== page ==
For a moment the two men looked at each other--Jackson with a gleam of hatred in his eyes, while Bransome had a curiously frightened expression on his face, which blanched slightly. But he quickly resumed his composure and peremptory way, and said, "Show me a room; I must get these wet things off me."
As, however, he addressed himself this time to me rather than to Jackson,--who, indeed, regarded him no longer, but stood with the letter loose in his hand, looking at the floor of the room, as if in deep meditation,--I showed him into my own room, where I ordered his trunks to be brought. These, of course, were wet; but he found some things in the middle of them that were not more than slightly damp, and with the help of a pair of old canvas trousers of mine he managed to make his appearance at dinner-time.
Jackson was not at the meal. He had left the house shortly after his interview with the new agent, and had, I fancied, gone on one of his solitary rambles. At any rate he did not return until late that night.
I thought Mr. Bransome seemed to be somewhat relieved when he saw that the old man was not coming; and he became more affable than I had expected him to be, and relinquished his arrogant style altogether when he began to question me about Jackson--who he was? what had he been? how long he had lived on the coast? To all which questions I returned cautious answers, remembering that I was under a promise to the old man not to repeat his story.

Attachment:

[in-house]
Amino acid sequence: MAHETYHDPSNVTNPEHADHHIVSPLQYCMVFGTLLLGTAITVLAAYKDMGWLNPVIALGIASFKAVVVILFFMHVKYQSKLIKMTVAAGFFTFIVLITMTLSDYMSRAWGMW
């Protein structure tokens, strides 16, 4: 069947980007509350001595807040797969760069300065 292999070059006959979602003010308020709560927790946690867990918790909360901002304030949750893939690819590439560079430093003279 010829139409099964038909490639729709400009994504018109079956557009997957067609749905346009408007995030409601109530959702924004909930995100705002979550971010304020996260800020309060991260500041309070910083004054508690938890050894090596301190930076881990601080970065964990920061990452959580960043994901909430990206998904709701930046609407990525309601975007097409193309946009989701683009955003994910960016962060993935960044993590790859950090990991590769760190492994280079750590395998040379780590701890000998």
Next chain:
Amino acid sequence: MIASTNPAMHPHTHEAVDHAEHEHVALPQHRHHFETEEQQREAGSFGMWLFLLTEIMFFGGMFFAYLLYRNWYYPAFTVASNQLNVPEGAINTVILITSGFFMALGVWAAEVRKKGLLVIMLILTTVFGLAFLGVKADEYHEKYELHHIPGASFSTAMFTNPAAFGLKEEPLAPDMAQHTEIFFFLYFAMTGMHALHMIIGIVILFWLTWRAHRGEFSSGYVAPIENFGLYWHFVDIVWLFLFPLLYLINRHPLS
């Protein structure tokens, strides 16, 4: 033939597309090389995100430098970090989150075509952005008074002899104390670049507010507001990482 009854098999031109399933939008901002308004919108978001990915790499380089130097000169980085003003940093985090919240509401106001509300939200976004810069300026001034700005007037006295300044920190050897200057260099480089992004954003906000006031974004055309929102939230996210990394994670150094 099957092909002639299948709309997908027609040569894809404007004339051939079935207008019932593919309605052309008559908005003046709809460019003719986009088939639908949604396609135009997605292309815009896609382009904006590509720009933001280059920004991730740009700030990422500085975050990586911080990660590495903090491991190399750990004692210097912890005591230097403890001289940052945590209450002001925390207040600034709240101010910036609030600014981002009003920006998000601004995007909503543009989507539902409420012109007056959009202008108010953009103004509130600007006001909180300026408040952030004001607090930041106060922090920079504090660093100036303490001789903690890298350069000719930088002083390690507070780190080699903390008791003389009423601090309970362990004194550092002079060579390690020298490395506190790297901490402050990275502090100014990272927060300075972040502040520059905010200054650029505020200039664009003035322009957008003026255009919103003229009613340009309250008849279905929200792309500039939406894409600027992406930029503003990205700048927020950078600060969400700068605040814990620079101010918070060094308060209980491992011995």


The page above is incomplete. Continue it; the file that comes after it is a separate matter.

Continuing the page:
By the next morning, to my surprise, Jackson appeared to have become reconciled to the fact that he had been superseded by a man who knew nothing of the coast, and of his own accord he offered to tell Mr. Bransome the clues to the letter-locks on the doors of the various store-rooms; for we on the coast used none but letter-locks, which are locks that do not require a key to open them. But Mr. Bransome expressed, most politely, a wish that Jackson should consider himself still in charge of the factory, at any rate until the whole estate of the unfortunate Flint Brothers could be wound up; and he trusted that his presence would make no difference to him.
This was a change, on the part of both men, from the manners of the previous day; and yet I could not help thinking that each but ill concealed his aversion to the other.
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Stories by English Authors in Africa -by- Various